Admit that it’s not the best tool for every purpose and that you’re not going to try to do too much with it

Obvious Tools - Website
Check out the link to my website presentation
The website is a great place to put all the other free tools together

Other Tools - Survey Monkey
The Good
Get opinions from those who attend church
Make informed decisions
Avoid decisions that cause head-shaking
Others will feel they have a voice, especially those who do not want to speak up at voters meetings

Other Tools - Survey Monkey
The Bad
We don’t always want to know (can’t handle the truth)
Never 100% participation
Popular opinion isn’t always right

Other Tools - Survey Monkey
Great for minor decisions that could impact the congregation in ways that might not be seen by a small group of decision-makers
Should we get screens? Where should the band set up? Is the lighting OK? How’s the A/C? Do we need a Saturday night service?
It even works AFTER the decision was made in order to inform next steps or solicit new ideas to improve
Keep the surveys short and targeted, and only ask for write-in answers if you’re prepared to read and respond to those concerns
Validate surveys with explanations about decisions

Other Tools - GroupMe
The Good
Sends messages as either a text or as part of an app
Instant communication with a large group - email and texting have limits
The ability to coordinate quickly
The ability to respond

Other Tools - GroupMe
The Bad
Can devolve into forum-like discussions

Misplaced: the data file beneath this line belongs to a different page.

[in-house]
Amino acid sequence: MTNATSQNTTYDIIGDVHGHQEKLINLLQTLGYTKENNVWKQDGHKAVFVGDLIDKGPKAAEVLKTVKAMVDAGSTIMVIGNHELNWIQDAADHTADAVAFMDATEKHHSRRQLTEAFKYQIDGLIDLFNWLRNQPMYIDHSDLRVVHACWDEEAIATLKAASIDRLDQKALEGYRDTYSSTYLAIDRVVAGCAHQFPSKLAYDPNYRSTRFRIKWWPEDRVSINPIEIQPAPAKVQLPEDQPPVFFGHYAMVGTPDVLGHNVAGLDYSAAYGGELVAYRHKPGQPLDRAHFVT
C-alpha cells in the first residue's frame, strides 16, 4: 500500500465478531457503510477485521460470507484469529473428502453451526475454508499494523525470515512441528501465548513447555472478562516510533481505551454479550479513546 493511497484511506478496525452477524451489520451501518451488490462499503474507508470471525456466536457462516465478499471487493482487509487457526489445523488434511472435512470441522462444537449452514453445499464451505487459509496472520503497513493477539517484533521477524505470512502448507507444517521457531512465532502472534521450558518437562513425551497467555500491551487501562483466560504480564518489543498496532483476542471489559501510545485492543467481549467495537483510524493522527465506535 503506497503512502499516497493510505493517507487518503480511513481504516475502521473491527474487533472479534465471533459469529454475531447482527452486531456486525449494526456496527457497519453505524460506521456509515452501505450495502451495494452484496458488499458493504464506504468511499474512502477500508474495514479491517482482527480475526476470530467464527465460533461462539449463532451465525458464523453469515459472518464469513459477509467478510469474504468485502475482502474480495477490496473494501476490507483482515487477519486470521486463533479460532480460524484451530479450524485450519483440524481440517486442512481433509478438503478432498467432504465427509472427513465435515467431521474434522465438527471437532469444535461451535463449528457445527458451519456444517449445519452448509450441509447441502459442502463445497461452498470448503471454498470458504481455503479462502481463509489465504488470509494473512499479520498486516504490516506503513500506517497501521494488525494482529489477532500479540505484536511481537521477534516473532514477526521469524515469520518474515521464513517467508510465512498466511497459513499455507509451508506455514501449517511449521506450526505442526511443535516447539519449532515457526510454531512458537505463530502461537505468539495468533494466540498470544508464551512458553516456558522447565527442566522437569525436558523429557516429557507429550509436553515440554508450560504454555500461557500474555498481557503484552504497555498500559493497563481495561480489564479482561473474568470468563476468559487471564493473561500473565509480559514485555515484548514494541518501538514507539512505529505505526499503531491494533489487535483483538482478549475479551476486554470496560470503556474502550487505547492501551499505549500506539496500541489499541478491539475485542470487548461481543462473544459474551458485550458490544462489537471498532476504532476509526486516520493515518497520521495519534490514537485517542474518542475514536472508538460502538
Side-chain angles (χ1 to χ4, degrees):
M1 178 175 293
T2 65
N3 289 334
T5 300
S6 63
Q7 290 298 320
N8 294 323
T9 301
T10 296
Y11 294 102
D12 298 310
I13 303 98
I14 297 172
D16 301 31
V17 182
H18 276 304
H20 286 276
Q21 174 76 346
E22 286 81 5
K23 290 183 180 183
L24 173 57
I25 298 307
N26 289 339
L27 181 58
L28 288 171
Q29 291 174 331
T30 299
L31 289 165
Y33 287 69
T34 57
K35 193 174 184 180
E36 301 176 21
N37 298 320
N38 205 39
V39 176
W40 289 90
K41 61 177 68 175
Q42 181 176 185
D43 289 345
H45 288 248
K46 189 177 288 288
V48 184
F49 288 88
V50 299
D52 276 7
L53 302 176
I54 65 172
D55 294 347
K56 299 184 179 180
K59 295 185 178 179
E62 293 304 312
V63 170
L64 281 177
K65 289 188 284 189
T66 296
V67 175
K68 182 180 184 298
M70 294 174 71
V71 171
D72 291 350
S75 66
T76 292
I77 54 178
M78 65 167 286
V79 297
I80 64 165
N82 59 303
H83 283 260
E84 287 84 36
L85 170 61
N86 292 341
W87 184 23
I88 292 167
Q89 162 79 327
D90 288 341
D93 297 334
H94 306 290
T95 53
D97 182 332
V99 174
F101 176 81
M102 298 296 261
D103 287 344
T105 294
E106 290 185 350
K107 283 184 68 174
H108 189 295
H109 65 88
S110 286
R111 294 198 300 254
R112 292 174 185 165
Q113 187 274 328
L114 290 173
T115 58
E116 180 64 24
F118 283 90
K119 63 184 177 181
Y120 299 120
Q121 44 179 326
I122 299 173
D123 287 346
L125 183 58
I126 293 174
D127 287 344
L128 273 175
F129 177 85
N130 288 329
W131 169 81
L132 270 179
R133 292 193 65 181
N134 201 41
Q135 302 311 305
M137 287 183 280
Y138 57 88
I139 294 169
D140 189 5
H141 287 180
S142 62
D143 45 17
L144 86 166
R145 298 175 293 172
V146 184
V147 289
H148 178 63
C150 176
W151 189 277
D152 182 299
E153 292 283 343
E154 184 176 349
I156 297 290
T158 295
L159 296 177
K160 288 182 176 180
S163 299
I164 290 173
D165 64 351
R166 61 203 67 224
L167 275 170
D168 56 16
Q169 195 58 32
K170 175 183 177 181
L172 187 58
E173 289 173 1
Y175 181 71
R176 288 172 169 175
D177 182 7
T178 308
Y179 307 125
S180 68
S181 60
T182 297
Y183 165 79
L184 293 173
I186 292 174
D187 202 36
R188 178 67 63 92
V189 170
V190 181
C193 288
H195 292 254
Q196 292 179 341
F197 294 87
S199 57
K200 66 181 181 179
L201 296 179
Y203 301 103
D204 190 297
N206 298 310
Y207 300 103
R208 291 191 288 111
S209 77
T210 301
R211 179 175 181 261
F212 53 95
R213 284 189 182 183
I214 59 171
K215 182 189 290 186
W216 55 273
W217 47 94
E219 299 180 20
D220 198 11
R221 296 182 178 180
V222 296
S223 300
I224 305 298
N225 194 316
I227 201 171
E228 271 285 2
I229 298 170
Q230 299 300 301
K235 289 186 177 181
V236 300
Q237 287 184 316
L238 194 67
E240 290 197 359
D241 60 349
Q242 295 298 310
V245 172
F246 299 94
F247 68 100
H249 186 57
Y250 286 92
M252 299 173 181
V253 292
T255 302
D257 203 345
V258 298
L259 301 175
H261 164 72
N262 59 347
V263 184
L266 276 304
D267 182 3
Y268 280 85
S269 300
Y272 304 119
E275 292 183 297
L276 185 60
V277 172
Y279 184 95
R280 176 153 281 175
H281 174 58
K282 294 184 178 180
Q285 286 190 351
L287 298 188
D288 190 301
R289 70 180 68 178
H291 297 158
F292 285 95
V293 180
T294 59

Can have way too many posts
Seems cold
One more form of communication not everyone will use--is it THE one?
Hard to know when someone sends a PM
Everyone has to respond once to stay in group
Special permissions needed for 200+ members

Other Tools - GroupMe
Church to all members = simple
Ministry leaders, school, child care, and more - well suited to smaller groups
Whether Group Me, another app, email, texting, or Twitter/Facebook, it’s probably best to stick with as few apps as possible across all levels. Some are more for school (Remind, Bloomz), all can be accessed on smart phones, and any can get annoying, especially if the organization uses several
Reminders received immediately, as long as everyone subscribes
Remind all users of the purpose


Other Tools - Newsletters
The Good
Saves on printing or mailing
Mailchimp (currently) offers “Up to 2,000 subscribers and 12,000 emails per month” - small churches should jump on this
You own and control email list if it’s on your own website (as opposed to online service)
Start small (free) and upgrade if necessary

Other Tools - Newsletters